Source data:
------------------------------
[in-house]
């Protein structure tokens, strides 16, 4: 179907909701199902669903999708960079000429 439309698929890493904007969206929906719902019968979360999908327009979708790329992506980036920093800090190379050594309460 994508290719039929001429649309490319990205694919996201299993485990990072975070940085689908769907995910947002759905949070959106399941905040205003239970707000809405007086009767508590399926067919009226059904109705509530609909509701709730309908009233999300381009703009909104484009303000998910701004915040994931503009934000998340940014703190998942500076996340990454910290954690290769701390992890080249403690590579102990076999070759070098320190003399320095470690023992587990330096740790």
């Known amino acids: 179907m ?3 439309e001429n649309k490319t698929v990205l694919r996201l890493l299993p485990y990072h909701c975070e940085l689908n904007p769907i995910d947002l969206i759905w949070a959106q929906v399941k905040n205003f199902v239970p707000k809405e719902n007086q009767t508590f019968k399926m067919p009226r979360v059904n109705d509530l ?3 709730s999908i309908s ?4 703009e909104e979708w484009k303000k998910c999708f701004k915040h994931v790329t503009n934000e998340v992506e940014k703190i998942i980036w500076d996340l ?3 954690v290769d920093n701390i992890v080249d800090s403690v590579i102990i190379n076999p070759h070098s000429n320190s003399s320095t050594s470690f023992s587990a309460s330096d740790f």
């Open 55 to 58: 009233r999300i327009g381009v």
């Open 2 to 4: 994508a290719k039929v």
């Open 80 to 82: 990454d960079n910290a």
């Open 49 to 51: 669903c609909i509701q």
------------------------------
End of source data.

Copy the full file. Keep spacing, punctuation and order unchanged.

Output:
[in-house]
């Protein structure tokens, strides 16, 4: 179907909701199902669903999708960079000429 439309698929890493904007969206929906719902019968979360999908327009979708790329992506980036920093800090190379050594309460 994508290719039929001429649309490319990205694919996201299993485990990072975070940085689908769907995910947002759905949070959106399941905040205003239970707000809405007086009767508590399926067919009226059904109705509530609909509701709730309908009233999300381009703009909104484009303000998910701004915040994931503009934000998340940014703190998942500076996340990454910290954690290769701390992890080249403690590579102990076999070759070098320190003399320095470690023992587990330096740790």
């Known amino acids: 179907m ?3 439309e001429n649309k490319t698929v990205l694919r996201l890493l299993p485990y990072h909701c975070e940085l689908n904007p769907i995910d947002l969206i759905w949070a959106q929906v399941k905040n205003f199902v239970p707000k809405e719902n007086q009767t508590f019968k399926m067919p009226r979360v059904n109705d509530l ?3 709730s999908i309908s ?4 703009e909104e979708w484009k303000k998910c999708f701004k915040h994931v790329t503009n934000e998340v992506e940014k703190i998942i980036w500076d996340l ?3 954690v290769d920093n701390i992890v080249d800090s403690v590579i102990i190379n076999p070759h070098s000429n320190s003399s320095t050594s470690f023992s587990a309460s330096d740790f």
């Open 55 to 58: 009233r999300i327009g381009v």
């Open 2 to 4: 994508a290719k039929v």
């Open 80 to 82: 990454d960079n910290a």
């Open 49 to 51: 669903c609909i509701q």